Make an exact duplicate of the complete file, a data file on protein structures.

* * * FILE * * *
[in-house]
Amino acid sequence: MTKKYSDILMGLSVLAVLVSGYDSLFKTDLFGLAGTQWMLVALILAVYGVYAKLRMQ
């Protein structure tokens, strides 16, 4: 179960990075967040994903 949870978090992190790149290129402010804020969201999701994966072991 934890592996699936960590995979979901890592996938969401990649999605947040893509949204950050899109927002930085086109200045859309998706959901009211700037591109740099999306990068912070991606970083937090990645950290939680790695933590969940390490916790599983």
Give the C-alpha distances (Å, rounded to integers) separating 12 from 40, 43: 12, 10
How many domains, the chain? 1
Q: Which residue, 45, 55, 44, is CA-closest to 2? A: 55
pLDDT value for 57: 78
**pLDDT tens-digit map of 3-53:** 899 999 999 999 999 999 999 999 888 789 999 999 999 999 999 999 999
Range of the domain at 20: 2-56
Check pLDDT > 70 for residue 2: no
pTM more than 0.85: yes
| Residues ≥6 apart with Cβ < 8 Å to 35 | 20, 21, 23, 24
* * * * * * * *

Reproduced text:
[in-house]
Amino acid sequence: MTKKYSDILMGLSVLAVLVSGYDSLFKTDLFGLAGTQWMLVALILAVYGVYAKLRMQ
């Protein structure tokens, strides 16, 4: 179960990075967040994903 949870978090992190790149290129402010804020969201999701994966072991 934890592996699936960590995979979901890592996938969401990649999605947040893509949204950050899109927002930085086109200045859309998706959901009211700037591109740099999306990068912070991606970083937090990645950290939680790695933590969940390490916790599983």
Give the C-alpha distances (Å, rounded to integers) separating 12 from 40, 43: 12, 10
How many domains, the chain? 1
Q: Which residue, 45, 55, 44, is CA-closest to 2? A: 55
pLDDT value for 57: 78
**pLDDT tens-digit map of 3-53:** 899 999 999 999 999 999 999 999 888 789 999 999 999 999 999 999 999
Range of the domain at 20: 2-56
Check pLDDT > 70 for residue 2: no
pTM more than 0.85: yes
| Residues ≥6 apart with Cβ < 8 Å to 35 | 20, 21, 23, 24